1. Cute collection!
    Blogs about what has been found in library book drops abound amongst librarians. You wouldn’t believe what items have been found. There are a lot of libraries who got their library cat because a kitten was dropped in the box.

    I have some lovely lace book marks and leather book marks and jeweled metal wands…and of course generally wind up just using a clean fresh kleenex instead.

  2. I laughed out loud at this one, Amy!

    In my Bible, I have as a bookmark a little note my mom wrote to me when I was just a kid, along with the little card from the hospital nursery when I was born. My other favorite bookmark is made of cherry wood, with an iris design carved in one end – a gift from my husband a few years ago.

  3. I’m sooo boring with what I put in my books.
    Usually a post-it note. That way if I take a break mid-chapter or mid-page, I can mark exactly where I am.
    Sometimes, it is just a napkin.

    Another confession — I haven’t been to the library in YEARS! I like to mark up the books I read, so even borrowing them from friends is difficult.

    I do like borrowing them from my friend DeAnn, though. She loves books as much as I do; so, it sorta feels like a friend is trusting you with a precious gem.

    Two summers ago, she gave me a stack of biographies to read. One was one of her favorites: Through the Gates of Splendor, by Elisabeth Elliot. I took it to Myrtle Beach with me.

    I had it with me on the beach. I am in the habit of taking long walks to pray and reflect on what I am reading at least once or twice each day on vacation. So, as usualy, I decided to take a walk, at least 1.5 miles down the beach. I had found a cute spot to have lunch a few days prior; so, I trekked there. Oblivious to my surroundings, I enjoyed a nice lunch. As I was paying for my meal, I realized the sky had grown very dark. I began to run down the beach as I was being pelted by rain and slapped with sand particles being stirred up by the wind. Lightning and thunder ensued. And I realized I needed to take shelter as best as I could. I had to admit defeat. There was no way I would make it back to my bag in time (which had my travel Bible, journal, and DeAnn’s favorite book). I hid under an umbrella, praying not for my safety, but that the books wouldn’t get ruined.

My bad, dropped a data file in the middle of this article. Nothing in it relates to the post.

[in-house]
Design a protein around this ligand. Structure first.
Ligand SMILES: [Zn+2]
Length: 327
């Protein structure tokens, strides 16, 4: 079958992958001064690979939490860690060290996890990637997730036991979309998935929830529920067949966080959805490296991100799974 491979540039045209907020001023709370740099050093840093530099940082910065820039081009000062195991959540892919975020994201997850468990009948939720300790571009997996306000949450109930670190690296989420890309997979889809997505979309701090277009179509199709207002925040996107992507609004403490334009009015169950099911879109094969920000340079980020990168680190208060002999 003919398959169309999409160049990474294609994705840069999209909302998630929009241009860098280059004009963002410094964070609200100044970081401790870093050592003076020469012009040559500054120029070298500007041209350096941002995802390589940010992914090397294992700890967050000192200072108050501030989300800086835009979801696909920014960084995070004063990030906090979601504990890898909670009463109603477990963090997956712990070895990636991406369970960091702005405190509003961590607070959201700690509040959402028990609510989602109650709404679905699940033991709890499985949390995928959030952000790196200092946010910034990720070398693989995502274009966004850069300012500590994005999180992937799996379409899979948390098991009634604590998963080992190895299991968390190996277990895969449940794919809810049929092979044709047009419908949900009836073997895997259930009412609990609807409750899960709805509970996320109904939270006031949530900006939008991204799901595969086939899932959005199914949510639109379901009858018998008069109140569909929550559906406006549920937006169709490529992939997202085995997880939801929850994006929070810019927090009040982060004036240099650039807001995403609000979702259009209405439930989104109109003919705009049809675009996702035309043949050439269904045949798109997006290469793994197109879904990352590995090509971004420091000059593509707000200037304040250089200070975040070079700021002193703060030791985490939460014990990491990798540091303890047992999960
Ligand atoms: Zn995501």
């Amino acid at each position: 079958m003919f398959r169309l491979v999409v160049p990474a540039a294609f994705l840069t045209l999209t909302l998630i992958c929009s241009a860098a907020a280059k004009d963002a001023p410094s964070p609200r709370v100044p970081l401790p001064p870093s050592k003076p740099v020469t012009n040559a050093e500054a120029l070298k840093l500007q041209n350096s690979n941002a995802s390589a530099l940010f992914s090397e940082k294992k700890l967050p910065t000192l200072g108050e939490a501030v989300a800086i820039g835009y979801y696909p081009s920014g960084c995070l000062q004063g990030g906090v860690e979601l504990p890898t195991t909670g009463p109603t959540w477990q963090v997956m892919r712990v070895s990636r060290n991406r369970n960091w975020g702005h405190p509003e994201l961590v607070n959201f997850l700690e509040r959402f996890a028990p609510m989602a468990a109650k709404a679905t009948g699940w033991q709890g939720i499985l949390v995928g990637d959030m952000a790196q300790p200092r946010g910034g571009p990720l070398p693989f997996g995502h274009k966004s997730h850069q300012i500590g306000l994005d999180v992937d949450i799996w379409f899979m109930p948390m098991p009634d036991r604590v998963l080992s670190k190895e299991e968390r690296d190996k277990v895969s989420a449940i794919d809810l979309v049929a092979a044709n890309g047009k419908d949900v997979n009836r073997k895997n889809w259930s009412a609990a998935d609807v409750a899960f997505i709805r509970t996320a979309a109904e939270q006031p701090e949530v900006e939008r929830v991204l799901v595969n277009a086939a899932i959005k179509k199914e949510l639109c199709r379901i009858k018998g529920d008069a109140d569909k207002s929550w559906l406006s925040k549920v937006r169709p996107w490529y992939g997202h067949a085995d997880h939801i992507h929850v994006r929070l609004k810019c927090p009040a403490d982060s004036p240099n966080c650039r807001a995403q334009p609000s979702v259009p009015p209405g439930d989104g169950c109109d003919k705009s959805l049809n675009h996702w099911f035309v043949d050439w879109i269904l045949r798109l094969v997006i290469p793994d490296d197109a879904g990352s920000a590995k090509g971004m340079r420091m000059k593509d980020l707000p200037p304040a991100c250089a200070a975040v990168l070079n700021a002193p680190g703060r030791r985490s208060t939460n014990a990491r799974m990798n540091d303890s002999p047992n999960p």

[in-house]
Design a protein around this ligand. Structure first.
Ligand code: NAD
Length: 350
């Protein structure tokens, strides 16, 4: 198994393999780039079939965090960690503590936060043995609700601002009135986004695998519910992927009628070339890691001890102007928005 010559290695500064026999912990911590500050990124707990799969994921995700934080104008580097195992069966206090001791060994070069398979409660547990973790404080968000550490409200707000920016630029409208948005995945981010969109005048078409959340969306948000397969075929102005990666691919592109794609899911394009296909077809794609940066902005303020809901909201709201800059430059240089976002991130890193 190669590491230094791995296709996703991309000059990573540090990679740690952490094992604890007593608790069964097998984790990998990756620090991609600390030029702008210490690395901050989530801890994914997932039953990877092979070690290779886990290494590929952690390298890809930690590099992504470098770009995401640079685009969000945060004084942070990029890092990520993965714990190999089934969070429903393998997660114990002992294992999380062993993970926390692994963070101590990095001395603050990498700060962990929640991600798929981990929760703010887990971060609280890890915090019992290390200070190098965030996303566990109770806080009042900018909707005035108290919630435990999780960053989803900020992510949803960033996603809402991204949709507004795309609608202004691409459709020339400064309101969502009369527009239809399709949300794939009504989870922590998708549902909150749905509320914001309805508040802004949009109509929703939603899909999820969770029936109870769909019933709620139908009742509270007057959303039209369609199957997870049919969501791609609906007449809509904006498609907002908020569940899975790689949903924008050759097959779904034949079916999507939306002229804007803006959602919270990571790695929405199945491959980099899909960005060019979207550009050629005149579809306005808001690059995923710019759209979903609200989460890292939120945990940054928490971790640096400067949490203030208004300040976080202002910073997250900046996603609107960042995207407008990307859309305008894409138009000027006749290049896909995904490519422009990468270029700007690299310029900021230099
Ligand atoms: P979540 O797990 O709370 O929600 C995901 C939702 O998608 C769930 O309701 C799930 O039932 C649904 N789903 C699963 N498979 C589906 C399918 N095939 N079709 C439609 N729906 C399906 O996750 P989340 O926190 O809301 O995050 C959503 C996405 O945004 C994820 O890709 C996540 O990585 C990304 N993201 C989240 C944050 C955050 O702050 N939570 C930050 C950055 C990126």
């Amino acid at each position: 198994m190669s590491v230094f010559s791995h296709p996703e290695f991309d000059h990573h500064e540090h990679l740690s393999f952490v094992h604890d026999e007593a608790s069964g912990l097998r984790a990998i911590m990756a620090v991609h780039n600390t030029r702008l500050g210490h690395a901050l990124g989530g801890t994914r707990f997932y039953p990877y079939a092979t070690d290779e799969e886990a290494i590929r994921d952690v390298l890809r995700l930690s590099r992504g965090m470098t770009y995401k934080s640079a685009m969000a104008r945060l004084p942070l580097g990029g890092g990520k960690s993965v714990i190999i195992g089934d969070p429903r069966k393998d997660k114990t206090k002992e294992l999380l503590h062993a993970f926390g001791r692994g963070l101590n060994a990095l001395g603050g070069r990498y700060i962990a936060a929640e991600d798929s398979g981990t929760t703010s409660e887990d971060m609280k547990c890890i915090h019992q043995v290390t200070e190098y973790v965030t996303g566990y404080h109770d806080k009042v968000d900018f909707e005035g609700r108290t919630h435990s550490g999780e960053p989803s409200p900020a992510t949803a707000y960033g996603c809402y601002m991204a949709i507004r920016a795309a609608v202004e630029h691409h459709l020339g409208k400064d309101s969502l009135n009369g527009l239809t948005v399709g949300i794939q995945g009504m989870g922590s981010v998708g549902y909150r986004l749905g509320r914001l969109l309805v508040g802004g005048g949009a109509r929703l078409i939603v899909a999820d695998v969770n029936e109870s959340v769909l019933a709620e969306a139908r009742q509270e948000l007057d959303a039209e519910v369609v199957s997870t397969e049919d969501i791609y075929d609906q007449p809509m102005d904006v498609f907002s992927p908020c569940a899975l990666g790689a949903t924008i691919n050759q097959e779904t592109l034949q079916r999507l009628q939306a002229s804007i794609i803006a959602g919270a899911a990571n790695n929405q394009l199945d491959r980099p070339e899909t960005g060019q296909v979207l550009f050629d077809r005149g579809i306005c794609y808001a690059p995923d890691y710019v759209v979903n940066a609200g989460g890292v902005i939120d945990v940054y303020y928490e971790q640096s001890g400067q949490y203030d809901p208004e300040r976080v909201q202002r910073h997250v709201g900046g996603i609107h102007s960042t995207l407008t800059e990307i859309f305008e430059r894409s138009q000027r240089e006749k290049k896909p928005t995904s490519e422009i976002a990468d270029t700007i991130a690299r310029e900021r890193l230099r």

The moment the thunder and lightning passed, I resumed running down the beach. Journal = water logged. Bible = soggy. Through the Gates of Splendor = (in the words of DeAnn) looked like it had been in the River Couray with Jim Elliot and the other maryters.

    DeAnn didn’t want me to replace the book. The book lover she is – likes the story of how it came to be. So, it is now a joke between us.

    Oh, and she used toilet paper as a bookmark in that book. Why? Because (once again in her words), “Where do you think I usually read it?”

  4. I love the idea of bookmarks as an Ebenezer – if only I could hang on to mine! I suppose books are a sort of Ebenezer too, reminding me of the stage of life I was in when I first read it, or reminders of the person who recommended it. Thanks for the good thought Amy!